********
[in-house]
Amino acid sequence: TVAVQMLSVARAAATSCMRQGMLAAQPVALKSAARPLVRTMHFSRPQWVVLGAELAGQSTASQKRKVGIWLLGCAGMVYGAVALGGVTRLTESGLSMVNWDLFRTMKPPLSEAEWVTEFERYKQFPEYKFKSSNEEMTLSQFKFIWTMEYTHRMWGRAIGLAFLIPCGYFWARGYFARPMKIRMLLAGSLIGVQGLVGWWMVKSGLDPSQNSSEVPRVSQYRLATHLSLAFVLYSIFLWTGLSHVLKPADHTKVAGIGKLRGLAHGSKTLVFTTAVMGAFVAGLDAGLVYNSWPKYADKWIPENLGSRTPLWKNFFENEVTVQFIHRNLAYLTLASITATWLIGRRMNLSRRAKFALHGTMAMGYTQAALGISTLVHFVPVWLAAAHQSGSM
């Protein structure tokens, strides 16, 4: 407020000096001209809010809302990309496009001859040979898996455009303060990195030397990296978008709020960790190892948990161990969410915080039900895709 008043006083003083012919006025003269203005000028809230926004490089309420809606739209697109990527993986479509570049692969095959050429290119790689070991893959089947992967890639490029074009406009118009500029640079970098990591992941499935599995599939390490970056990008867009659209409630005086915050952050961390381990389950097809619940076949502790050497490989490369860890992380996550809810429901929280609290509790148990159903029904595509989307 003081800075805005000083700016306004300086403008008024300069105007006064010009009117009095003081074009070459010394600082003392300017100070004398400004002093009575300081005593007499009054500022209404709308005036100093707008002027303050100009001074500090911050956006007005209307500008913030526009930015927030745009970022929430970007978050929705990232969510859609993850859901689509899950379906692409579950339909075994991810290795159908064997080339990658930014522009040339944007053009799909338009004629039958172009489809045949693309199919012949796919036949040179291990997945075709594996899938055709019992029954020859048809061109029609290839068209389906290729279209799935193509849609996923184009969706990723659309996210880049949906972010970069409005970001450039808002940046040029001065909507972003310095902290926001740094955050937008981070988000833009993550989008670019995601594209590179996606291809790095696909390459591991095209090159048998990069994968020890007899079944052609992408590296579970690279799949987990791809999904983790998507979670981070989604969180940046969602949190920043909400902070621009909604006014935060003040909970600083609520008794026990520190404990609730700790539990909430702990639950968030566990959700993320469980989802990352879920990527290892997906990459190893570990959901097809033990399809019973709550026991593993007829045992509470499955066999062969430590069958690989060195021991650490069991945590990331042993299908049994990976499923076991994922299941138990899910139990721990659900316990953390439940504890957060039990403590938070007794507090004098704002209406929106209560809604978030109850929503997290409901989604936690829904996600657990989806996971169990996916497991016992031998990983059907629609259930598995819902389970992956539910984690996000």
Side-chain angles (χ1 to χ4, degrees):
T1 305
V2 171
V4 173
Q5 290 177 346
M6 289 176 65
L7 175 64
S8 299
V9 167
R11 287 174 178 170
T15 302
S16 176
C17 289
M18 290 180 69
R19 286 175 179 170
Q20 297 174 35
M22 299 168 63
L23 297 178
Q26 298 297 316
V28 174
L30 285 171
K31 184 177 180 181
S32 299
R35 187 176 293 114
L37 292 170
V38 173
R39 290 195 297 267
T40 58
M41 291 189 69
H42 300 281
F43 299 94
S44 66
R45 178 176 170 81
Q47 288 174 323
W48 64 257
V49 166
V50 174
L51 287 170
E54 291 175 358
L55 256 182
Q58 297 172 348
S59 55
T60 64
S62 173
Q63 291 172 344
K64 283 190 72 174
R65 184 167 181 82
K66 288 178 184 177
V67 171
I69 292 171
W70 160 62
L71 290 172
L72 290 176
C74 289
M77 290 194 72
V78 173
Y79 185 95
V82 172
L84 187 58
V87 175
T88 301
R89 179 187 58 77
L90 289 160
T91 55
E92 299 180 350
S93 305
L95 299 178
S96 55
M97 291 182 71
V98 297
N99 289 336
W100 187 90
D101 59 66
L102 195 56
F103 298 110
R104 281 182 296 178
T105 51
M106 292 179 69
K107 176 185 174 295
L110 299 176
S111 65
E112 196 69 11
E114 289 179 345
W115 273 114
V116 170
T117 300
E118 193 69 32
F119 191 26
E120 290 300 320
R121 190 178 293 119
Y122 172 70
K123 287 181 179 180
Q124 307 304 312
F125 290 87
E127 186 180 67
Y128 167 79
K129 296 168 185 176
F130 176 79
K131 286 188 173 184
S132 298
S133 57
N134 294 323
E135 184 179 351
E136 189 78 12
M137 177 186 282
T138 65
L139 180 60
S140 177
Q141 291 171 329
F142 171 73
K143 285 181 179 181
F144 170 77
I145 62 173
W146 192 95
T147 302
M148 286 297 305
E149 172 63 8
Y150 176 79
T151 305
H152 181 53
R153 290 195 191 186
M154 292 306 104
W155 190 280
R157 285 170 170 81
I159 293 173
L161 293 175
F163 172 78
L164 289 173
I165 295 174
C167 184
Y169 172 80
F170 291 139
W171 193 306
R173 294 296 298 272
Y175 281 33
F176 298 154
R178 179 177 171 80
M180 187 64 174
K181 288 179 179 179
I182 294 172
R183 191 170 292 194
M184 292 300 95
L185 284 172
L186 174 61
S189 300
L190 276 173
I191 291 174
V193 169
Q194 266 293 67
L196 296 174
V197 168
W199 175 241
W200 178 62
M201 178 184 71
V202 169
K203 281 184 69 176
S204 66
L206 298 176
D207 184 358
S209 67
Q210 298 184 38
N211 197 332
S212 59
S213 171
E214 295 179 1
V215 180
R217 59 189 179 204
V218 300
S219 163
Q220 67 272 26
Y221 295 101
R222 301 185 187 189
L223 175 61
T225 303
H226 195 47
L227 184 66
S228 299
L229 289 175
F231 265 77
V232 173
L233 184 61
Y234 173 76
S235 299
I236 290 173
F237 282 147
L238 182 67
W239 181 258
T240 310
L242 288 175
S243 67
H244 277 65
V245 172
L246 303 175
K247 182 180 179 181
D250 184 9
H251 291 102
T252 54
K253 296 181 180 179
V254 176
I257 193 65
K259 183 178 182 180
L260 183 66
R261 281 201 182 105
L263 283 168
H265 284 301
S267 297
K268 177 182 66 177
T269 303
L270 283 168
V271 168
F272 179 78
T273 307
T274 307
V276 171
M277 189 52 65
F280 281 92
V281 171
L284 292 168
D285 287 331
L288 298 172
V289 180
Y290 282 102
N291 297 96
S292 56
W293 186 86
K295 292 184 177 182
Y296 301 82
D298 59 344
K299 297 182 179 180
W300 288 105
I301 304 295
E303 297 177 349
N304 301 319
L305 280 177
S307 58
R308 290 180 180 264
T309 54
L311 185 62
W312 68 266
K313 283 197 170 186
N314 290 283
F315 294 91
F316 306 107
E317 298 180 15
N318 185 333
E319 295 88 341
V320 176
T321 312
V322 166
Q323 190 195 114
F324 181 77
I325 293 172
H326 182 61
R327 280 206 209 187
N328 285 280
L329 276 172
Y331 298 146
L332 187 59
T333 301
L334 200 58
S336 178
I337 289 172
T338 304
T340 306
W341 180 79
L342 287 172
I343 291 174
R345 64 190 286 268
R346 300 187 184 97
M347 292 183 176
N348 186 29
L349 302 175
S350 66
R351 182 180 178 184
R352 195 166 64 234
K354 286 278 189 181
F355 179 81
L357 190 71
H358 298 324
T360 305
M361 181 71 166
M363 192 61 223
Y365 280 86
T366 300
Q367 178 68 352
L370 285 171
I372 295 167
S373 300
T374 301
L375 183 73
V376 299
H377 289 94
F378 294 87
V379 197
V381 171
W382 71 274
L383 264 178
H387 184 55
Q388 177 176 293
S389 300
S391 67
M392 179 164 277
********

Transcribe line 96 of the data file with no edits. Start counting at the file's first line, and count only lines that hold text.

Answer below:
Q124 307 304 312